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dc.contributor.advisorCleaver, Laura
dc.contributor.advisorDingliana, John
dc.contributor.advisorStalley, Roger
dc.contributor.authorPurkayasth, Sayandeep
dc.date.accessioned2018-10-22T15:57:32Z
dc.date.available2018-10-22T15:57:32Z
dc.date.issued2015
dc.identifier.citationSayandeep Purkayasth, 'A hierarchical image processing approach to analysis of early medieval manuscript art', [thesis], Trinity College (Dublin, Ireland). Department of History of Art and Architecture, 2015, pp. 181
dc.identifier.otherTHESIS 10946
dc.identifier.urihttp://hdl.handle.net/2262/85164
dc.description.abstractThe discipline of art history is one in which digital technologies have traditionally played a minor role. Recently with advances in computing methods, software and the capabilities of hardware, art analysis has begun to see the benefits of automated image understanding and pattern recognition techniques. The specific domain of historical manuscript analysis aims to answer questions regarding the visual design, structure, execution, comparison, meaning and context of these historical works of art. Compared to other forms of art, such as paintings, architecture, and abstract art, investigations into manuscripts deal with the construction of design at the much more primitive level of textual and illustration content and styles. Such a bottom-up approach to analysis is encouraging for digital image processing studies into art. The range of questions that are of interest to art historians extends from the elicitation of design and layout, the accuracy of execution and the restoration of degraded art works to the understanding of the aesthetic effect of these manuscripts. Recent work in the field of digital art history has seen application of a various pattern recognition and image statistical techniques to specific art historical analyses. Most of these applications are based on techniques that are irreconcilable with each other methodologically. The subject of this thesis is the problem of developing a unified framework for such studies that allows the historian to answer a wide range of art historical problems. The rudiments of such a framework are developed herein and its applicability is demonstrated via approaching some questions regarding the Book of Kells (as an exemplar), specifically the analysis of calligraphy, interlace, detection of various design elements and degradation removal. The framework improves on biologically inspired hierarchical models of vision and makes it feasible to develop art historical applications in a consistent fashion. This consistency also affords the possibility of approaching problems of a highly abstract nature, viz. aesthetics, using information extracted from other (less abstract) applications, such as object detection. As a particular application, the identification of areas of manuscripts that might draw more attention than others is demonstrated.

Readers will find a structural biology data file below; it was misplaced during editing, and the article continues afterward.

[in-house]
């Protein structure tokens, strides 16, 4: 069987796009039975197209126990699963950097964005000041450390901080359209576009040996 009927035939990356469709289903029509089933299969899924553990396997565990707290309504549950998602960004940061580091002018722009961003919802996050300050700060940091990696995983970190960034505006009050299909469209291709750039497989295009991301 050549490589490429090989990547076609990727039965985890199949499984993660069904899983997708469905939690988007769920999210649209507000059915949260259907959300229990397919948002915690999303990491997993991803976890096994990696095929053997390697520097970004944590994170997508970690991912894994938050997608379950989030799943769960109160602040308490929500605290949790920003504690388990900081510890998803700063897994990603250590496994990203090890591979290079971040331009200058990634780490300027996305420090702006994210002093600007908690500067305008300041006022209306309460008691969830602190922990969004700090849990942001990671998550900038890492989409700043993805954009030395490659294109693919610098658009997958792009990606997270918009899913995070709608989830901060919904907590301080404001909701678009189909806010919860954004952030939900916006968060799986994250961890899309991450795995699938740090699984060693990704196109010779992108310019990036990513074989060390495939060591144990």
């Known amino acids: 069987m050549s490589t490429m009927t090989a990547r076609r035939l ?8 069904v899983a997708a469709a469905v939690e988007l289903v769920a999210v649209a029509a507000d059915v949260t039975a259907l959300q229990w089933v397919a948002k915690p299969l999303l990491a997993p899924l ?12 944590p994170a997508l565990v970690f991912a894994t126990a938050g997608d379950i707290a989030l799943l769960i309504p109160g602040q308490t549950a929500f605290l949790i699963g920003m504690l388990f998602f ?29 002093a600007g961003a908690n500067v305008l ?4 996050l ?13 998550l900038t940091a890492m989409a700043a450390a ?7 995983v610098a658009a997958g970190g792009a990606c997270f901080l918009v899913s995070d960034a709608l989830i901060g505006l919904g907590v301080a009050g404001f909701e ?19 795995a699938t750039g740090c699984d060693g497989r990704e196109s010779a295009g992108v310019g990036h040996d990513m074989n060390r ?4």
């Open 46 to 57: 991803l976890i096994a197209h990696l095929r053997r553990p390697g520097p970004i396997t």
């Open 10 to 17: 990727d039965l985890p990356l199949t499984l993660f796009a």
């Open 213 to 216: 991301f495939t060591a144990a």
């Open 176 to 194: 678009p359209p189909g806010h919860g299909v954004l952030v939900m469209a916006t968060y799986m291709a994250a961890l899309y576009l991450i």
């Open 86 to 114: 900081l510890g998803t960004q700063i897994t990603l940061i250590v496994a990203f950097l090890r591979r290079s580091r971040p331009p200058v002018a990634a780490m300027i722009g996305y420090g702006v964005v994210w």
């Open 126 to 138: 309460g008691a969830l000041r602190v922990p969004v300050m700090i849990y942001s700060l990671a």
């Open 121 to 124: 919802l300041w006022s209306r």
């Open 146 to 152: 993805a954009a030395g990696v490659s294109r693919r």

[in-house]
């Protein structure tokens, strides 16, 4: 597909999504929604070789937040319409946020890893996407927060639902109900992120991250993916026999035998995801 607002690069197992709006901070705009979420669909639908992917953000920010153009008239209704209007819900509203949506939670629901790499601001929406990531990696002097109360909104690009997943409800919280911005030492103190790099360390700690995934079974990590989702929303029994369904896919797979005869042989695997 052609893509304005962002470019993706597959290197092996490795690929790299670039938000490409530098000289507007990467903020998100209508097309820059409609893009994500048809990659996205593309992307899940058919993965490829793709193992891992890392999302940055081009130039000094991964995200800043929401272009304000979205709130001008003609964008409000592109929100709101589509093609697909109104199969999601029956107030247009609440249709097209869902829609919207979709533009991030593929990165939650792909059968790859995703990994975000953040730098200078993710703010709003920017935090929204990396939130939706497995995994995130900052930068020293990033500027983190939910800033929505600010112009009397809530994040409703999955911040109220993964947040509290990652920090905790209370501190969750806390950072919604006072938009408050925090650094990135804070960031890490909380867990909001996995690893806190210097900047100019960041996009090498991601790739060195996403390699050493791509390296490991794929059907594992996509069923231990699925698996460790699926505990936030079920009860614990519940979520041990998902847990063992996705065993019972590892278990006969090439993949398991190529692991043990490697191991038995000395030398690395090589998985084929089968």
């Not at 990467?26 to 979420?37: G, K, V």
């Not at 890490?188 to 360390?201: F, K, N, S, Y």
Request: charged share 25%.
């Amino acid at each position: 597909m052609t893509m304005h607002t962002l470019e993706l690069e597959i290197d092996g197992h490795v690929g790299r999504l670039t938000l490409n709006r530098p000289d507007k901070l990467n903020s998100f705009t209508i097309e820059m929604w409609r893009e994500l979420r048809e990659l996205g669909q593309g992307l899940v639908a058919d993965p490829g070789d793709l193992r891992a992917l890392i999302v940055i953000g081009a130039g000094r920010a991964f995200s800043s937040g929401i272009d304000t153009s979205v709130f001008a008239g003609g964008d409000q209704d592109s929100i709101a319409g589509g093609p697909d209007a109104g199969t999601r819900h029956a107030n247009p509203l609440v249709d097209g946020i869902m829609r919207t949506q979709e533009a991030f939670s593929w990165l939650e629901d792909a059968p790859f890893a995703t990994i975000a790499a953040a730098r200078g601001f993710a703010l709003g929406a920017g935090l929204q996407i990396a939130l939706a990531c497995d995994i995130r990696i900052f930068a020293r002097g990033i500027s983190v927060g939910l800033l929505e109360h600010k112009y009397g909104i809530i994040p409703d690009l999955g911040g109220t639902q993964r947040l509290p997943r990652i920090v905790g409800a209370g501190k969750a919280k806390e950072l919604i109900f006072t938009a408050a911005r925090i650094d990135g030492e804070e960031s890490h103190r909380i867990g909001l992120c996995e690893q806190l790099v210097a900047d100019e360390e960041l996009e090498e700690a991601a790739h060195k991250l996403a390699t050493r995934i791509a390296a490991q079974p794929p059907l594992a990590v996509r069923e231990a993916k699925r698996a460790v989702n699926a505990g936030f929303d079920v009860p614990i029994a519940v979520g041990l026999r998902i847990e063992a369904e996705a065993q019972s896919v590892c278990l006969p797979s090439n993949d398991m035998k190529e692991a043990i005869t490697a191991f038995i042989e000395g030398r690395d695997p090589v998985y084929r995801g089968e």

dc.format1 volume
dc.language.isoen
dc.publisherTrinity College (Dublin, Ireland). Department of History of Art and Architecture
dc.relation.isversionofhttp://stella.catalogue.tcd.ie/iii/encore/record/C__Rb16683965
dc.subjectHistory of Art and Architecture, Ph.D.
dc.subjectPh.D. Trinity College Dublin
dc.titleA hierarchical image processing approach to analysis of early medieval manuscript art
dc.typethesis
dc.contributor.sponsorTrinity College Dublin Innovation Alliance
dc.type.supercollectionthesis_dissertations
dc.type.supercollectionrefereed_publications
dc.type.qualificationlevelDoctoral
dc.type.qualificationnameDoctor of Philosophy (Ph.D.)
dc.rights.ecaccessrightsopenAccess
dc.format.extentpaginationpp. 181
dc.description.noteTARA (Trinity’s Access to Research Archive) has a robust takedown policy. Please contact us if you have any concerns: rssadmin@tcd.ie


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